In his seminal work from the 1950s, William Feller classified all one-dimensional diffusions on −∞≤a<b≤∞ in terms of their ability to access the boundary (Feller's test for explosions) and to enter the interior from the boundary. Feller's technique is restricted to diffusion processes as the corresponding differential generators allow explicit computations and the use of Hille-Yosida theory. In the present article we study exit and entrance from infinity for the most natural generalization, that is, jump diffusions of the form dZt=σ(Zt−)dXt, driven by stable Lévy processes for α∈(0,2). Many results have been proved for jump diffusions, employing a variety of techniques developed after Feller's work but exit and entrance from infinite boundaries has long remained open. We show that the presence of jumps implies features not seen in the diffusive setting without drift. Finite time explosion is possible for α∈(0,1), whereas entrance from different kinds of infinity is possible for α∈[1,2). We derive necessary and sufficient conditions on σ so that (i) non-exploding solutions exist and (ii) the corresponding transition semigroup extends to an entrance point at `infinity'. Our proofs are based on very recent developments for path transformations of stable processes via the Lamperti-Kiu representation and new Wiener-Hopf factorisations for Lévy processes that lie therein. The arguments draw together original and intricate applications of results using the Riesz-Bogdan--Żak transformation, entrance laws for self-similar Markov processes, perpetual integrals of Lévy processes and fluctuation theory, which have not been used before in the SDE setting, thereby allowing us to employ classical theory such as Hunt-Nagasawa duality and Getoor's characterisation of transience and recurrence.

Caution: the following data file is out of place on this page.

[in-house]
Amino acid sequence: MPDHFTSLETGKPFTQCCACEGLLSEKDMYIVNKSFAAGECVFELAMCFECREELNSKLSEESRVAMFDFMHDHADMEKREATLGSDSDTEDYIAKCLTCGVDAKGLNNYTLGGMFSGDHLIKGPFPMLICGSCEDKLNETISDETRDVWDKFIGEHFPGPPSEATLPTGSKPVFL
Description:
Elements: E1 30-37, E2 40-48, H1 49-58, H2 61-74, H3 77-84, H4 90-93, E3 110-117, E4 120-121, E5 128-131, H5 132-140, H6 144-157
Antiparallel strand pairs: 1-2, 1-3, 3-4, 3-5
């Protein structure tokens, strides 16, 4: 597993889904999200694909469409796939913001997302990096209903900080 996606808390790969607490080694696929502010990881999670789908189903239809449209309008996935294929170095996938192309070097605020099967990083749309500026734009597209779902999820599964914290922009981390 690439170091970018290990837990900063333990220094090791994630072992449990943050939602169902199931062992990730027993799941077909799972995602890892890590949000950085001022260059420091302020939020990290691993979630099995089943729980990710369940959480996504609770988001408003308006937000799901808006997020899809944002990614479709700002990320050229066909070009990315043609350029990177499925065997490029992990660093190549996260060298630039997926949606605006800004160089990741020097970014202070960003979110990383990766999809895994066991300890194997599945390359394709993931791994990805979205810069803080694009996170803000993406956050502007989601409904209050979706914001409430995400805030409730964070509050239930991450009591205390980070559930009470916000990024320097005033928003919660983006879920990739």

- Department of Mathematical Sciences - Professor
- EPSRC Centre for Doctoral Training in Statistical Applied Mathematics (SAMBa)
- Probability Laboratory at Bath
- Institute for Mathematical Innovation (IMI) - Director of the Bath Institute for Mathematical Innovation
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